We all know that an outstanding headteacher makes a significant difference to a school. The vast majority of our school leaders work exceptionally hard in what is a challenging and sometimes thankless role. As governing boards it is our direct responsibility to determine what that senior executive leader (the snappy new title used in the Academies Financial Handbook to mean the most senior member of staff), is paid.
Of course we want to recognise the responsibilities of the role, but there is a balance to be struck between appropriate reward and over-egging the pudding. Some of our headteachers are being rather handsomely rewarded. This is public service and it comes with a huge caveat – don’t join if you want to get rich. As Russell Hobby (General Secretary of the National Association of Head Teachers) said in an opinion piece to TES: ‘Working in schools is not about getting rich – it’s about making a difference”.
The School Teachers’ Pay and Conditions Document (STPCD) still provides a very valid starting – and end point. STPCD is statutory for maintained schools and still used by the majority of academies. The top of the leadership range is £108,283 outside of London (£115, 582 inner London). Schools are placed in ‘groups’ on the leadership scale according to pupil numbers. It is then possible to take account of other factors to set the leadership range. The expectation is that this range will remain within the group size for your school. But where challenging circumstances or an exceptional candidate warrant a higher amount, it is possible to go above this level by up to 25% and in very exceptional circumstances by more than 25%. If you add 25% to the maximum of the leadership range you get to £135,354 (that’s £27,000 - another salary in itself) outside of London (£144,000 inner). If you then decide that your circumstances are very exceptional and you add another 25%, you get to either £169,200 or £180,000. Anything over £150,000 is a very good salary by most people’s reckoning. But in recent times some salaries have gone into warp drive, hitting the £200,000 mark – for a single school.
Some governing boards seem to have a slightly different approach to that core value of ‘making sure the money is well spent’. Yes, the role is challenging but this is not fantasy football.
I’m sure those governing (and indeed those in receipt of these more significant salaries) will say they are justified – ‘our school has specific challenges’ or ‘the head is marvellous’ or ‘she works so hard’ or ‘results are going up and up’. This may all be true and that first point is precisely the reason that there is flexibility in the STPCD. But, let’s be sensible, if the circumstances warrant going above the group size for your school then it can be somewhere between 1-25%, that upper level isn’t a target. If you go 25% plus, you need to have really solid justification. Even if you haven’t hit the £200,000 or even £100,000 mark – it’s the starting point and baseline for the role which is important – this shouldn’t be a race to the top.
The NGA has asked several times that the DfE produces benchmarking information so that governing boards get a sense of what similar schools are paying their senior leaders. Sadly this hasn’t materialised. However, the fact that the majority of secondary schools are now academies and consequently do have publicly available figures does provide some opportunity to look across. It’s also, particularly if you’re in a multi-academy trust, worth looking at other public sector or third sector organisations.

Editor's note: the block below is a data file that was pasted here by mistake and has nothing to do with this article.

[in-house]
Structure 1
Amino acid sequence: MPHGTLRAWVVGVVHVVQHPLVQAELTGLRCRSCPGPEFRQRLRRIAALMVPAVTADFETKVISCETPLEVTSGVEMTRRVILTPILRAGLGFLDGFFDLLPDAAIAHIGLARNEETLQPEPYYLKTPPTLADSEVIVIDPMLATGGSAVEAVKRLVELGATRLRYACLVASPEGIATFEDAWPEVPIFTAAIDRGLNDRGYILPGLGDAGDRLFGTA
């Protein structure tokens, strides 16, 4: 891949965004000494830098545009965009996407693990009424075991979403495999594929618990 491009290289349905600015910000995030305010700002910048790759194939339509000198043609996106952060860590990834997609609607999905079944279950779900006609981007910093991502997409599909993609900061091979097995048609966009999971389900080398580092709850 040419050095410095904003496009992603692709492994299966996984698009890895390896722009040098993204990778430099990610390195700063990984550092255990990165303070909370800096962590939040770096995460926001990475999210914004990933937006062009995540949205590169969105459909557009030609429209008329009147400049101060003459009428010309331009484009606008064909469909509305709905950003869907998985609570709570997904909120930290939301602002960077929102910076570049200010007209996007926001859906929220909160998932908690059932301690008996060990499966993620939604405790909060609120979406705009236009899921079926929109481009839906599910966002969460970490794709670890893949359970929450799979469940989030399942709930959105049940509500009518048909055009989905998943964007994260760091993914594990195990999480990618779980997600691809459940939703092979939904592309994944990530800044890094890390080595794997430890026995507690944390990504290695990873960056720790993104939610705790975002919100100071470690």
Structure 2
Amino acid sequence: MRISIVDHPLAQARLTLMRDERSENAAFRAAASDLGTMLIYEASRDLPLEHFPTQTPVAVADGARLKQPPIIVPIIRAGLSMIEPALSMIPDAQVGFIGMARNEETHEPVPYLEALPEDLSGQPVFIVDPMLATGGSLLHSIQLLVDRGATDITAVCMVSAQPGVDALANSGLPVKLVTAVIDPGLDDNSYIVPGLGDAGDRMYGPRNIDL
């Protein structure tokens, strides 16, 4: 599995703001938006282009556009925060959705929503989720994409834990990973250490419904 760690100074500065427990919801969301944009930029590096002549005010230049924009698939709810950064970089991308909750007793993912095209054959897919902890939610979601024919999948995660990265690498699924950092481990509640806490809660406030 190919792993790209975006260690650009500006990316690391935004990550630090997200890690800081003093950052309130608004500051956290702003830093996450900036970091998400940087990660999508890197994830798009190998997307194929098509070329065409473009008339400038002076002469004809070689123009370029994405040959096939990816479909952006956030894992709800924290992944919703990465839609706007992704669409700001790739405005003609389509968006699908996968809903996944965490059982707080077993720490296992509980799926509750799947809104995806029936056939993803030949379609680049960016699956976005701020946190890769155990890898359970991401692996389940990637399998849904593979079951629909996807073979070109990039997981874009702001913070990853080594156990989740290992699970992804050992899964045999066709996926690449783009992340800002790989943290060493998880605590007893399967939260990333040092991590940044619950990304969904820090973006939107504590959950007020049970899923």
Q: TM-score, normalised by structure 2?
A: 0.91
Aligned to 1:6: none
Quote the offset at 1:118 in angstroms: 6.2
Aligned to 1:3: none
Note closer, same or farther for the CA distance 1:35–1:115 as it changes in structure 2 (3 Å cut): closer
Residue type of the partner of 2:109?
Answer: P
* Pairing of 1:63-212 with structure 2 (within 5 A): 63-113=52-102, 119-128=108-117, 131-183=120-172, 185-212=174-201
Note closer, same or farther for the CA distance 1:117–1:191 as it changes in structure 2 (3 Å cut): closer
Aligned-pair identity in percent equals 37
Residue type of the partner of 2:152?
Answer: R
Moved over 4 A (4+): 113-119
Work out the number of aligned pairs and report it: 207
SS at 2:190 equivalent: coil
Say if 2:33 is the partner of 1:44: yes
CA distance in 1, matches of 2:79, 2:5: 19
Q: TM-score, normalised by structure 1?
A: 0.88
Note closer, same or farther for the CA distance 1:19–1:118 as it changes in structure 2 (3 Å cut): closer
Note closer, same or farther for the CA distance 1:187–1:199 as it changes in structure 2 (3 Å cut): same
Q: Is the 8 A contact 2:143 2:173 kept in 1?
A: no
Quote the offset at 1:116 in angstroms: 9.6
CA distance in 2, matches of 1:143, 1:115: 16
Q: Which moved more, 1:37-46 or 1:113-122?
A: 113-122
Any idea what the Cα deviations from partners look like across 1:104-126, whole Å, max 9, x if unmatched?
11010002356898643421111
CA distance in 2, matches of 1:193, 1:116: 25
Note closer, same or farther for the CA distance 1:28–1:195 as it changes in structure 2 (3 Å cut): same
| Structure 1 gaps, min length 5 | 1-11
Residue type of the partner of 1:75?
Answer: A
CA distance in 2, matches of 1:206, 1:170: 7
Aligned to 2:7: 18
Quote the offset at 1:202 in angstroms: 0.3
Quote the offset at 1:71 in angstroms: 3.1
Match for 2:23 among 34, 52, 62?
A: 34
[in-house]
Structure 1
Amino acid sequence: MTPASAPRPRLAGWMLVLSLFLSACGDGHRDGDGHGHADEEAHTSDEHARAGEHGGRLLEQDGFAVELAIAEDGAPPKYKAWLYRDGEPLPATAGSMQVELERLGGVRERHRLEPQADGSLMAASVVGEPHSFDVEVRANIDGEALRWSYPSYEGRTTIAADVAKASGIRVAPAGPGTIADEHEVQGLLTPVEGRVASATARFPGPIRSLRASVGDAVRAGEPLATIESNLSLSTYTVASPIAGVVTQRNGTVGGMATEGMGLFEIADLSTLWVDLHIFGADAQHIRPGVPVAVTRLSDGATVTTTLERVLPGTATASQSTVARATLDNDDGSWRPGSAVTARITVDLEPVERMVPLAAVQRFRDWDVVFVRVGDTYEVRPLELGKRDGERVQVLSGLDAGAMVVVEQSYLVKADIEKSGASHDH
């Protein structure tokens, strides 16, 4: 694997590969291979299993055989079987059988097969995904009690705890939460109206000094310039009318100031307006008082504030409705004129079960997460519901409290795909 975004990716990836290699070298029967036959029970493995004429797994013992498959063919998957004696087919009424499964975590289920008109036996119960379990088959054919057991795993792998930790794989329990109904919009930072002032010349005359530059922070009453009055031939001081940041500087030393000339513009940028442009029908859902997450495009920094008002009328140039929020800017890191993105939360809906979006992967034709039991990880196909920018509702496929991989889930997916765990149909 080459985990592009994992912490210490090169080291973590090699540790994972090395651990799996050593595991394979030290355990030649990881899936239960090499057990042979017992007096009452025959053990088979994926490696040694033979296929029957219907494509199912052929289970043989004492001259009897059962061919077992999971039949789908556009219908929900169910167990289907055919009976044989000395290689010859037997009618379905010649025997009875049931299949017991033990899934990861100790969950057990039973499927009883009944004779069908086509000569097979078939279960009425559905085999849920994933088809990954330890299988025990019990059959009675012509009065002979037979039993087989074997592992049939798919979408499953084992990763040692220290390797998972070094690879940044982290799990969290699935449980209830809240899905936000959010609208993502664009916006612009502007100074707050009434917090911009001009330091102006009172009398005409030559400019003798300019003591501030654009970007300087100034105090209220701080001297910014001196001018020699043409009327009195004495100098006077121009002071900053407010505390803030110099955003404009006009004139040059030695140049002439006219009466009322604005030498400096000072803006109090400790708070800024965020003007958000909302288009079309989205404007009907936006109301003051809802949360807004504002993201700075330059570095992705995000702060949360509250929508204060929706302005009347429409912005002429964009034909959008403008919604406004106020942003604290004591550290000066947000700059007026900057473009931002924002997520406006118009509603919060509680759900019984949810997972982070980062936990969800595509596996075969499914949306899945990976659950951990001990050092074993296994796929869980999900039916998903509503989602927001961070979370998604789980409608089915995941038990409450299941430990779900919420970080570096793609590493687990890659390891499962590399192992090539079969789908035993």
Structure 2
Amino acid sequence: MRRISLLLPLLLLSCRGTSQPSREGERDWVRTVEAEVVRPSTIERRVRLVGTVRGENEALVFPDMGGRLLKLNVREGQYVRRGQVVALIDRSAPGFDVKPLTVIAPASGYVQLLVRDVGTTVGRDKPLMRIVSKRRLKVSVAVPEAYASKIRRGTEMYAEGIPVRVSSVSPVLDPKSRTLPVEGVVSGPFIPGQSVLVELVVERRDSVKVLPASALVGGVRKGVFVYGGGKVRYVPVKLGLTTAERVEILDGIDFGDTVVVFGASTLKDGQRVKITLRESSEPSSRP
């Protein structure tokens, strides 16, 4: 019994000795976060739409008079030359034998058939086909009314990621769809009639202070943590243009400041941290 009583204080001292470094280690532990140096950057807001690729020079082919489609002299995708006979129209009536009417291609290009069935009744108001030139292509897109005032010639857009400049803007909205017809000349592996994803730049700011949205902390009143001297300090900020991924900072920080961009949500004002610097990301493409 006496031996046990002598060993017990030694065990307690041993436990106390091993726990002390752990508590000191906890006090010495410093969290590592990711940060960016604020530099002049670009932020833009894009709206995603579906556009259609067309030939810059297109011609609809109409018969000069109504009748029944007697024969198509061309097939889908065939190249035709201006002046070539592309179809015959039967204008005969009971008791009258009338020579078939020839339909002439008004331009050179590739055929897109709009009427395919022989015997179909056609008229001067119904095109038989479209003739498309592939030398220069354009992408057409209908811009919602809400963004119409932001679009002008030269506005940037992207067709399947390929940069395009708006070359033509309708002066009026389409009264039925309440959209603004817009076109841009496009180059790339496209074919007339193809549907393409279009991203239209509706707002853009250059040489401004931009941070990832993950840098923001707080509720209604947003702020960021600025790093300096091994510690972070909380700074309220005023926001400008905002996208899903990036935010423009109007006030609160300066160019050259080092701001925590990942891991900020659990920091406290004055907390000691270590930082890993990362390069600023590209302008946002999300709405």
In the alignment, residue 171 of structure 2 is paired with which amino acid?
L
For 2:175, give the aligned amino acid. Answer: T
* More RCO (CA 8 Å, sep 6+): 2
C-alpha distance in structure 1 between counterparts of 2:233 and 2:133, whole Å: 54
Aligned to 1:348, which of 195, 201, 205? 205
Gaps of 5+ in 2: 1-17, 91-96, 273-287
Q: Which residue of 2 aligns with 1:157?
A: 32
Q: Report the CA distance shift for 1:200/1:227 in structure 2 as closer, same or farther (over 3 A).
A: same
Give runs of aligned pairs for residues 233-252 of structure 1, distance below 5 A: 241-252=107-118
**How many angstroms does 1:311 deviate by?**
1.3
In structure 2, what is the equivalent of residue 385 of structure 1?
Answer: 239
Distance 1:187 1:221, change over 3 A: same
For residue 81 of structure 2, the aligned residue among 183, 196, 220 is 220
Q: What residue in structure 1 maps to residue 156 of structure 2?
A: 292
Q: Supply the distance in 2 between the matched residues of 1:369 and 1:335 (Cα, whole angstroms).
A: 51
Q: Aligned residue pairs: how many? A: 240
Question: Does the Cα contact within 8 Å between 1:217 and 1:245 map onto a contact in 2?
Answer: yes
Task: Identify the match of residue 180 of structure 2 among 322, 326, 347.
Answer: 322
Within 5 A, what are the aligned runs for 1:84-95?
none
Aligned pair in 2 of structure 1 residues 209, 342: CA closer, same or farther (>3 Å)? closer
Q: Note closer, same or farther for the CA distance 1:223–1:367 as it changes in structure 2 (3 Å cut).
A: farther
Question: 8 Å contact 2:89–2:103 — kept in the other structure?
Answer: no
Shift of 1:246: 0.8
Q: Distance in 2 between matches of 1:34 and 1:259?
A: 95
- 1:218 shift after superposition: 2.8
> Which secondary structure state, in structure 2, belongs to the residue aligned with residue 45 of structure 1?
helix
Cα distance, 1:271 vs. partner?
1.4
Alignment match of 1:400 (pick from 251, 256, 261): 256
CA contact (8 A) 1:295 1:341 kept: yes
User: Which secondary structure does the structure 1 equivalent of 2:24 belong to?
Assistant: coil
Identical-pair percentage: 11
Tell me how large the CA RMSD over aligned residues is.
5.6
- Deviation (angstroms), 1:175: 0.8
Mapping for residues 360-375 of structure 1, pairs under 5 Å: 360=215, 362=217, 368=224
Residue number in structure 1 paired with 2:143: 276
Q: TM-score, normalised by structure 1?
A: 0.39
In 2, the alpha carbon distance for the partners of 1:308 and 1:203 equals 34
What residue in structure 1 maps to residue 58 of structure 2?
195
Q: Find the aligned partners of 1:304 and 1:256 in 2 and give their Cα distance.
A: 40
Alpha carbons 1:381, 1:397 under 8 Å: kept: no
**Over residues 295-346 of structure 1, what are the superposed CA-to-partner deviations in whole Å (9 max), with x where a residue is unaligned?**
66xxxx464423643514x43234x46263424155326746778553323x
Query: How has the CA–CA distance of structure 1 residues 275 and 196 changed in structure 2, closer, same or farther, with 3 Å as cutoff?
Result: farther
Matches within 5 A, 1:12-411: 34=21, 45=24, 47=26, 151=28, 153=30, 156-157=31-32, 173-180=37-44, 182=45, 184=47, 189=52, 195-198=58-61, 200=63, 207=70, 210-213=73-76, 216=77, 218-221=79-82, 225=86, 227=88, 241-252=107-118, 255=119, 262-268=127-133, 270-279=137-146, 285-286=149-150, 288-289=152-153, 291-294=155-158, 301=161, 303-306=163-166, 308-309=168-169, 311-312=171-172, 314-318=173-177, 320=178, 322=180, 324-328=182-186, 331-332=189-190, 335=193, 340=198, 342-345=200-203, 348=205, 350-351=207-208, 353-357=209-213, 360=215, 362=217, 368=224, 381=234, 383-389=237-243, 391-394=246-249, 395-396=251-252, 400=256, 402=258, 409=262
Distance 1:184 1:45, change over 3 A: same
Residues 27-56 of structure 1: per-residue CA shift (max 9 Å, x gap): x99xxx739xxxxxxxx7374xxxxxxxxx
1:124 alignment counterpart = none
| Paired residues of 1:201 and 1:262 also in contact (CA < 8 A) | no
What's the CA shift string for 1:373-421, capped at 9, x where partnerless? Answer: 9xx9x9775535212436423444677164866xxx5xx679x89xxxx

The scrutiny of schools and their finances by those outside the education system has never been higher. Over the summer and continuing there has been a drip feed of stories about ‘generous’ expense schemes and in some cases headteachers being remunerated in two different ways for carrying out their role (see previous reports on Perry Beeches). While it is true that these ‘higher’ salaries remain in the minority, it is these which attract attention. Even if you have acted within the rules, governing boards need to continually ask themselves is this justified. Consider what parents of the school will think, what staff will think given they won’t be receiving significant rises. What is the differential in pay between the senior leader and the staff?
This is not just an academy issue, those flexibilities in the STPCD mean that headteacher pay in some maintained schools has also gone up sharply (but it is easier to see in academies because their accounts have to be published and salaries over £60,000 set out). Nor is it an issue of size or phase.
This is brought into stark relief when you look at the multi-academy trust sector. A quick trawl (from the most recently published accounts - 2015) reveals some interesting figures. At the top of the tree is Sir Dan Moynihan chief executive of the Harris Federation Academy Trust. He oversees 41 schools with just over 21,000 pupils and is paid a whopping £400,000 plus – by contrast Karen Roberts at the Kemnal Academies Trust oversees a similar number of schools and pupils, but is paid circa £150,000. Spot the difference. But if you exclude Sir Dan as an outlier and look at range of other trusts with schools numbering from 3-62 schools and 2600-31000 pupils, then the salaries range from £95,000-£225,000, but not necessarily according to size. The trust with 31,000 pupils pays £225,000, but then so does a trust with only nine schools and approximately 5,000 pupils. How did we get here?
These days the phrase ‘moral purpose’ tends to give me a case of indigestion through its over-use but here I think it is justified. Those governing our schools do so to better the education system and give something back. But governing boards also have a hugely important stewardship role over our schools and that on occasion means having courageous conversations and sometimes that should involve saying ‘no’.